Musician Crystal Asige Lost Her Sight In Her Early 20s But She Has Not Let That Stop Her From Pursuing Her Dreams


“The golden rule is to treat people how you would like to be treated but for me, the platinum rule is to treat people how they want to be treated, not how you think that they should be treated.” – Crystal Asige

Crystal Asige is a talented artist, songwriter and advocate for people with disabilities. She lost her eyesight after complications caused by a condition known as glaucoma.  We sat down with her to find out more about her story and her vision to change the narrative for people with disabilities.

Tell us a little about your background 

My name is Crystal Asige. I was raised in Mombasa and that is where I went to school.  Later on, I got the opportunity to travel to the UK for further studies. I am the last born in a family of four siblings.

Take us through your interest in music, theatre and how it all began?

My mother tells me that when I was four years old, she noticed that I loved singing. She says that when I was in nursery school, I would come home singing and I would go on singing even when I was in the house.

My mother played an important role at the time because she encouraged me to participate more in the arts which I already gravitated towards. From primary school all the way to high school, I became an active participant in anything that pushed me to be creative and put me on a stage to perform; from reciting poems, acting in plays and competing in drama festivals.

At this point, what was your greatest influence to get into the arts?

My elder brother is also an artist, he is a bass singer. He was one of my earliest influencers because I would listen to him singing at home. I would be inspired because I felt like music was going to be something that I would pursue as well.

I also got inspired do pursue music by watching a lot of television. I would listen to Mariah Carey, Whitney Houston, and Janet Jackson. I was attracted to how glamorous their lives were and their ability to express themselves through song, their videos looked colourful and really fun. I just wanted to be a part of that, basically to perform and be creative with music.

Between music and theatre, what did you gravitate most to?

I didn’t have a favourite, both were just as important to me especially when I got the opportunity to work in musical theatre which essentially combines the two arts; a play that has music performances in it. I enjoyed participating in those kinds of musicals.

Do you have one memorable role you played that stands out the most?

I had so many memorable roles it’s hard to pick one, but I remember my first time performing in the drama festivals. My mum and I had travelled on an overnight bus to get there. I was around 16 years old and I was going to recite a poem. I had gone through all the qualifications and had got to the finals. The audience immediately wrote me off as soon as they saw me because I was just a tiny little girl and the other competitors were seasoned performers from the university.

The winner from the previous year was one of my competitors and he seemed to be the obvious crowd favourite. They pitied me because they thought I was setting myself up for embarrassment. I ended up coming second in my category and although I didn’t win, the audience and eventual winner took notice of my powerful voice and talent.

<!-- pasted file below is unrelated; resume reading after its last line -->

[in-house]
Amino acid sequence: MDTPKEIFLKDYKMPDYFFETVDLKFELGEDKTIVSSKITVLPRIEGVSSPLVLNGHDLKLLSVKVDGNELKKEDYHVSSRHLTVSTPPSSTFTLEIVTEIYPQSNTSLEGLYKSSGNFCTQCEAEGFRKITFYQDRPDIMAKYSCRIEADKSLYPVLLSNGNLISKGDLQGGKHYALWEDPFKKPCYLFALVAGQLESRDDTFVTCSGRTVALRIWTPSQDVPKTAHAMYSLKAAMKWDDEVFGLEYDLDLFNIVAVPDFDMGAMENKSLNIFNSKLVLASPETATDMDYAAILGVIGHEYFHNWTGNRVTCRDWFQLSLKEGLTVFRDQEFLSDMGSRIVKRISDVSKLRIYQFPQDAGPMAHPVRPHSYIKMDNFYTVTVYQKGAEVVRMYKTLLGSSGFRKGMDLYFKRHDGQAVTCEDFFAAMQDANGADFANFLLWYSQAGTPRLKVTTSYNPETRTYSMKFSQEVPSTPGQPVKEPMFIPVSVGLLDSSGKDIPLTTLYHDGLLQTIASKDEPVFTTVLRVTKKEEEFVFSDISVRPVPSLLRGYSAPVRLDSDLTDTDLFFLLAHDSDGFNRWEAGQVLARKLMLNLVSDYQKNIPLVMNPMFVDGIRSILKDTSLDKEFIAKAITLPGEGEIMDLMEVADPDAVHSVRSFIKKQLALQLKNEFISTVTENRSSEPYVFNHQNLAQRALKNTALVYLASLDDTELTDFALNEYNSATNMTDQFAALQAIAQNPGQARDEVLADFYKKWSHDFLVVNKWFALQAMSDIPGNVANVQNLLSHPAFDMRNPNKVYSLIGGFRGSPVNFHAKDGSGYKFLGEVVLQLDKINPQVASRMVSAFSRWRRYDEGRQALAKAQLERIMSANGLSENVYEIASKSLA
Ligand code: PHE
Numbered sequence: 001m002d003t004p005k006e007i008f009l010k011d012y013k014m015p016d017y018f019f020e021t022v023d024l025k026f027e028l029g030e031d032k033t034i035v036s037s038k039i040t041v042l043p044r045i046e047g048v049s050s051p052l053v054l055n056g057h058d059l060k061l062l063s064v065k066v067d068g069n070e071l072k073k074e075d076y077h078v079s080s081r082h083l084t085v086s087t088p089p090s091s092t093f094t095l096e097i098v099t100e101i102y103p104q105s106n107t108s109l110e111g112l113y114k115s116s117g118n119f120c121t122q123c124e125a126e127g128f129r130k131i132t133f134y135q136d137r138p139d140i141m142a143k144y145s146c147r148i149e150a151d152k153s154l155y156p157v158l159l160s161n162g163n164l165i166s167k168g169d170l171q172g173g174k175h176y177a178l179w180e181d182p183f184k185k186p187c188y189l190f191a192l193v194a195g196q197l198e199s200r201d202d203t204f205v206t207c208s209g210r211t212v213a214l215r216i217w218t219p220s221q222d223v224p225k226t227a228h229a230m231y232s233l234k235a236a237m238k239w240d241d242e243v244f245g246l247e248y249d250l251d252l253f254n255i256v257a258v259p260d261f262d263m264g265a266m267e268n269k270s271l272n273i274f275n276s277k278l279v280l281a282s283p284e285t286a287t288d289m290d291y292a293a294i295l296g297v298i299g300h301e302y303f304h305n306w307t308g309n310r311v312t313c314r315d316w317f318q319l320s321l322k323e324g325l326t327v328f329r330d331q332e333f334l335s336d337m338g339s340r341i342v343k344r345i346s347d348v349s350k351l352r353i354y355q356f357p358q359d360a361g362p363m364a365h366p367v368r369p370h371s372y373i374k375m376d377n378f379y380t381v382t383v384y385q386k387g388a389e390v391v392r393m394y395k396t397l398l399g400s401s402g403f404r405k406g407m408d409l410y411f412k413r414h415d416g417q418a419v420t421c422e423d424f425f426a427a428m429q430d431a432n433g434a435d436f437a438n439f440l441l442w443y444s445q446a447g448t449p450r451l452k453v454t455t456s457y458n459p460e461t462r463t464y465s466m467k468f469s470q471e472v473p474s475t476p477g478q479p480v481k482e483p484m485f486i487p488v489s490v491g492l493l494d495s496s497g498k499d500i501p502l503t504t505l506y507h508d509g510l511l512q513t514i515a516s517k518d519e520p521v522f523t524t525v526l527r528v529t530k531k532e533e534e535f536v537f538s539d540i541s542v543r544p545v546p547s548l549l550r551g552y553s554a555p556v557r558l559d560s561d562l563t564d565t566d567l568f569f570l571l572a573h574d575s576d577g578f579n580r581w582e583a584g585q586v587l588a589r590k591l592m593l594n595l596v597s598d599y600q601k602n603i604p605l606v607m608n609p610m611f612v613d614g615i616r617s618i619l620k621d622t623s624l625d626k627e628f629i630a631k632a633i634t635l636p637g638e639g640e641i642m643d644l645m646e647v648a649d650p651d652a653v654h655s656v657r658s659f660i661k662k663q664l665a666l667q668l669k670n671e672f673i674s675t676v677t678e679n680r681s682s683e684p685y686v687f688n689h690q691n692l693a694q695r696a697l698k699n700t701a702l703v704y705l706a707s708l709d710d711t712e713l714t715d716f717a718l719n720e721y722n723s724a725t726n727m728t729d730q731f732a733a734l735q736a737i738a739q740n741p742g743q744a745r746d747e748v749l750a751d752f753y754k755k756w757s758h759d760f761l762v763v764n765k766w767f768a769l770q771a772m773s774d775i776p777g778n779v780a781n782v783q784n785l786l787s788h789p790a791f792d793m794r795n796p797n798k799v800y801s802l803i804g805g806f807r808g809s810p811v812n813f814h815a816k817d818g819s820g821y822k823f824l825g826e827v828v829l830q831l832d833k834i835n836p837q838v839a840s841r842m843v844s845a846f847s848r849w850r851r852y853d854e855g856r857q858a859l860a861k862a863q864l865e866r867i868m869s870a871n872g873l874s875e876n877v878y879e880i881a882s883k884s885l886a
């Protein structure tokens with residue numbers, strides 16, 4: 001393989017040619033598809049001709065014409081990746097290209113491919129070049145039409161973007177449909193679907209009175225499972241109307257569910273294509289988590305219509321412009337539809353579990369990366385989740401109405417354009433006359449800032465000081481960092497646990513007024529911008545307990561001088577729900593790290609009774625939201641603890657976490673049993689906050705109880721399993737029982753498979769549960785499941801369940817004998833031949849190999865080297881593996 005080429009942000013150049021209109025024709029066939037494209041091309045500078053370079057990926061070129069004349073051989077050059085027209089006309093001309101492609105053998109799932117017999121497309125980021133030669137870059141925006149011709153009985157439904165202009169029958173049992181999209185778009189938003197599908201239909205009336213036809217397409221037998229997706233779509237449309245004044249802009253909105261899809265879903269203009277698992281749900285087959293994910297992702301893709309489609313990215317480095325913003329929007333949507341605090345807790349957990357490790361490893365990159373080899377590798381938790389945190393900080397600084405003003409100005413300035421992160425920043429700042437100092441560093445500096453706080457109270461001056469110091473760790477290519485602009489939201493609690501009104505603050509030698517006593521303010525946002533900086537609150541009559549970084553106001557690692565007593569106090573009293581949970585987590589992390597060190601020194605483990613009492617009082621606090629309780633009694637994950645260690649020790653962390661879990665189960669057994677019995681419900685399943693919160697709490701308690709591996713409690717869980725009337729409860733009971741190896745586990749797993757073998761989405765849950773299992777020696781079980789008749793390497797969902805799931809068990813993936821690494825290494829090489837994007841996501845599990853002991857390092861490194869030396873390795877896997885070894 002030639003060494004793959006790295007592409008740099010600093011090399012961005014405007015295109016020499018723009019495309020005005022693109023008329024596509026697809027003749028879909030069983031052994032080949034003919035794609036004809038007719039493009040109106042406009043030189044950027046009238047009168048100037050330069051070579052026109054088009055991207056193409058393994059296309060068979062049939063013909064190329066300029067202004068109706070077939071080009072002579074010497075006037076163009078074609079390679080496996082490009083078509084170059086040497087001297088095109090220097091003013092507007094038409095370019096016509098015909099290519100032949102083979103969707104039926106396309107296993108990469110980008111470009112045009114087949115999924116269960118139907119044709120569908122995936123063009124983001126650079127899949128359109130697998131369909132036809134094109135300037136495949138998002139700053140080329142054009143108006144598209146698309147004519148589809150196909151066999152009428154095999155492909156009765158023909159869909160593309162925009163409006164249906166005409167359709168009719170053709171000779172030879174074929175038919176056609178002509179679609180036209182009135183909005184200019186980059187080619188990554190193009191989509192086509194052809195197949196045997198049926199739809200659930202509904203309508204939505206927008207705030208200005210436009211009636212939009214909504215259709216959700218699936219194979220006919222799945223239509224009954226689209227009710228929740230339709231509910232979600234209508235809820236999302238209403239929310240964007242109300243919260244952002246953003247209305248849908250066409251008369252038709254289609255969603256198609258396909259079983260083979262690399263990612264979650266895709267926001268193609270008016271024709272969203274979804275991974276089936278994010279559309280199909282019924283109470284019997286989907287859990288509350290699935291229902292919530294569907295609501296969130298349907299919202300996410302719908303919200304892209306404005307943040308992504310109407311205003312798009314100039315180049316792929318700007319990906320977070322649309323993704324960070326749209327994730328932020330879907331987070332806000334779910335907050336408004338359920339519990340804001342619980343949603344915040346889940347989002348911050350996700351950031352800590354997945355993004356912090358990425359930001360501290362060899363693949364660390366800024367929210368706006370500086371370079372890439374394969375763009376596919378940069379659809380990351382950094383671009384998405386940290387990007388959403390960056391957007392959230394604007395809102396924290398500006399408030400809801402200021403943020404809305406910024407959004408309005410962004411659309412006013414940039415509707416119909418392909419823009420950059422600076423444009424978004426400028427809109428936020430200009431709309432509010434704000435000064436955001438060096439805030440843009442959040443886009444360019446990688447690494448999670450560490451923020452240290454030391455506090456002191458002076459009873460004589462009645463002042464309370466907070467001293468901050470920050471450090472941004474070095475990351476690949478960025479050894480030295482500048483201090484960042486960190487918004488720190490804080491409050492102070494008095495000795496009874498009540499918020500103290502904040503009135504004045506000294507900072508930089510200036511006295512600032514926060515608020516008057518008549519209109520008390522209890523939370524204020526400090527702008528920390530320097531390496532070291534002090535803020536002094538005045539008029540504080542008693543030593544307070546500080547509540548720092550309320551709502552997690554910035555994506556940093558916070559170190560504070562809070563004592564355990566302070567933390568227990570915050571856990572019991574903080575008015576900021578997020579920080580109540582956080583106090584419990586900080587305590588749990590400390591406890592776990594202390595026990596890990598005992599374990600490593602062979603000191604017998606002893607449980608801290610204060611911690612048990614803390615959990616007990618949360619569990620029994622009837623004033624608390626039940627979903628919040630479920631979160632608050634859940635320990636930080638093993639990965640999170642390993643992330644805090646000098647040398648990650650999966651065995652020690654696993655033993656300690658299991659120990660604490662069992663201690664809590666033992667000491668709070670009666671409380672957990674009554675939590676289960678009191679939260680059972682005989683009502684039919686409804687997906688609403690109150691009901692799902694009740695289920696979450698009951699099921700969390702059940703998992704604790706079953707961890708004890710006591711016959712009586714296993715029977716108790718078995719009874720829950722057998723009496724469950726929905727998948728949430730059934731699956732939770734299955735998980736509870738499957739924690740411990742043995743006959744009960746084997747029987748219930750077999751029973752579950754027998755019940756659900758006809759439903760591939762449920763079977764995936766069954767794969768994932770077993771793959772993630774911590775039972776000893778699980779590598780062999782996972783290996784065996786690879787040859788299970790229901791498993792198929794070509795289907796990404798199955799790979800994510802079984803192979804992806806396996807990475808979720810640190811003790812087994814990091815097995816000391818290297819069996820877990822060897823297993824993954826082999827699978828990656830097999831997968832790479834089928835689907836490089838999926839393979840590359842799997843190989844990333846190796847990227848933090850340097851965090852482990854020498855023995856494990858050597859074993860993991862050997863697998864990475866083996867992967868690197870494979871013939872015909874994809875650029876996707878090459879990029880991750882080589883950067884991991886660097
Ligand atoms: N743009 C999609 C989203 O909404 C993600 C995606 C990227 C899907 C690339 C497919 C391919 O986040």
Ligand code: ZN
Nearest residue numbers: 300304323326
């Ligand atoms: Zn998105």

That was such a pivotal moment for me, coming from a small town in Mombasa and challenging really talented performers. It gave me a lot of confidence in myself and my talent.

Did this newly found confidence encourage you to enter more competitions?

I got into a few more competitions but later on, I decided to focus more on production rather than performance because I didn’t feel comfortable putting myself on stage to be judged and scored against.

I believe that everybody has something unique to offer and therefore no one should be equated to the other. So, I concentrated on writing poetry and that’s when I discovered that poems were just songs without melodies. That is how I ventured into writing music as well, by writing poems first then turning the poems into songs.

At what point did you start having issues with your eyesight?

It was around the same time when I was around 15 or 16years old. At the time, it wasn’t something that I really worried about since I was still doing the things I needed to do without any significant difficulty. I was still actively involved in sports and theatre. Life hadn’t really changed but looking back, I now know that that was when my eyesight started to slowly weaken.

I could no longer sit at the back of the classroom. I always had to run fast after break so I could get a seat that was close to the board. I didn’t want my peers to know I was having a difficult time seeing because I feared they would ridicule or mock me. I even had to memorize the scripts to plays beforehand because I didn’t want the other guys to see me struggle to read the lines off the paper.

Did anyone around you get concerned about your vision weakening?

People noticed but we all just thought that it was just another eye problem that could be rectified with a lens or a pair of glasses. Plus, both my parents wear glasses so I didn’t get too alarmed because I thought that I was inheriting a gene and therefore a pair of glasses would make everything okay.